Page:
Workplace Communication

Talk Less, Listen More

Pretty soon after we’re born, our parents start encouraging us to talk. “Say mama,” or “Say dada,” they cajole, beg and bribe us to speak. We learn from early on that talking gives us a lot of control over situations and others. Therefore, many of us develop some really bad talking-related habits, such as: Stagehogging, interrupting or completing others sentences for them, and others.

The sad thing is, we spend a lifetime developing our talking, and other communication skills such as reading, and writing, but don’t spend anywhere near that amount of time developing the most important communication skill we have, the one we SHOULD be spending the most time using, and the one that we develop the ability to use the earliest- Listening. Unfortunately, there’s often a high cost paid for poor listening– from wasted time to wasted money, damaged relationships and lost clients, or worse!

This week, make it a goal to do a lot less talking. When you feel the urge to interrupt, bite your tongue and let the other person finish using their own words and communicating at their own pace. When you feel the urge to say, “Oh yeah, well when that happened to me…” stop and instead ask the other person how he felt when it happened to him. When you want to TELL someone what she should do, ASK her what she thinks she should do instead. When you do, you’ll find that others really appreciate the chance to be heard and you’ll be amazed what you learn when you take the time to listen.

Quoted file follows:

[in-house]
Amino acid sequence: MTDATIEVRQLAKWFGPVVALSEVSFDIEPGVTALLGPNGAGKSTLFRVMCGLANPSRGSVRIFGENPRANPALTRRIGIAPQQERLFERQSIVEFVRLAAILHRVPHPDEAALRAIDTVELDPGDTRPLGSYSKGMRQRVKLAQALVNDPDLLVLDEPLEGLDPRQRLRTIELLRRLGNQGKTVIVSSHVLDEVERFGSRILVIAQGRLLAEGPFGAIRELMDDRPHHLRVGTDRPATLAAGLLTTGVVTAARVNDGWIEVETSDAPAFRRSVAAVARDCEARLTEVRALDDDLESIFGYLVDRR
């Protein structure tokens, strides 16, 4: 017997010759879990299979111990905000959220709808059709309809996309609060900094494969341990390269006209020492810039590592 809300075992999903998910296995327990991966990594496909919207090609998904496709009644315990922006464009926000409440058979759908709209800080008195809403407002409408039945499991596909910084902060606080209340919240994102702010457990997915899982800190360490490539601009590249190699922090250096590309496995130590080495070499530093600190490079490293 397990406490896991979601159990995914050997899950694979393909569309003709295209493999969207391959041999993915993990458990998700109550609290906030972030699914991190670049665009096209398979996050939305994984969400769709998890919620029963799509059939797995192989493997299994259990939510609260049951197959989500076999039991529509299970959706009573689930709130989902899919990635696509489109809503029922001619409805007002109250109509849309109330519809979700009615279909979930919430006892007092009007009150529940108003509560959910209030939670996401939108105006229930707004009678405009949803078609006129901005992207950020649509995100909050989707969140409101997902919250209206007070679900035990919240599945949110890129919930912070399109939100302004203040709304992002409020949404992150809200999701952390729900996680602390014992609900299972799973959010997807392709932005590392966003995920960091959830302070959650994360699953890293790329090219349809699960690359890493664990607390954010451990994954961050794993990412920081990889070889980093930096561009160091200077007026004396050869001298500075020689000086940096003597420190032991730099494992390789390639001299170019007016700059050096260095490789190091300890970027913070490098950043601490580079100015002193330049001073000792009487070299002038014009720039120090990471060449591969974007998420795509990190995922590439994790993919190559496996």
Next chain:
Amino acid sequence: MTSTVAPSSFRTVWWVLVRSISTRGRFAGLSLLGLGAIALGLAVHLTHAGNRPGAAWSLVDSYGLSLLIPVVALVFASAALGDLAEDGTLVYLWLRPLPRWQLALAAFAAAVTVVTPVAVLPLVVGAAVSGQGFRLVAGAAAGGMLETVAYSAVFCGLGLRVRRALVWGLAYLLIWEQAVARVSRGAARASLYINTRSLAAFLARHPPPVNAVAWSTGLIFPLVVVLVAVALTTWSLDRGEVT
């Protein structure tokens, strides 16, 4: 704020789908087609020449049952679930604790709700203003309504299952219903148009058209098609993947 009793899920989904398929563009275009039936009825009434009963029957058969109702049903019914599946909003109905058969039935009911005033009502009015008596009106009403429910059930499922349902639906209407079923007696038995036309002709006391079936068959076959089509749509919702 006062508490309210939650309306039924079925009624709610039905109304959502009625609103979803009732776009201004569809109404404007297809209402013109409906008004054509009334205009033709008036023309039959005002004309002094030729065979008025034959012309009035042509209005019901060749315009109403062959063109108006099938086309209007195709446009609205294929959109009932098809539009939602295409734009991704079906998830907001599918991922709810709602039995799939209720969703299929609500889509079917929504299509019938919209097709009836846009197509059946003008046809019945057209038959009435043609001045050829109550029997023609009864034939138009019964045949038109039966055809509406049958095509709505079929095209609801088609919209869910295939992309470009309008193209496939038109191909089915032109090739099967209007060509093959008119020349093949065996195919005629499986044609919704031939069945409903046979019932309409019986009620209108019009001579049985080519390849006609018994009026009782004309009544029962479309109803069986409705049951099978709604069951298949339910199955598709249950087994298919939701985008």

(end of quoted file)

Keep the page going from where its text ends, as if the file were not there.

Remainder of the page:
If you need help improving your listening skills, clink the links above to read my previous blog posts on these topics, or check out these blog posts:

Six Bad Listening Habits Everyone Should Break
Improve Your Listening Skills in Six Easy Steps

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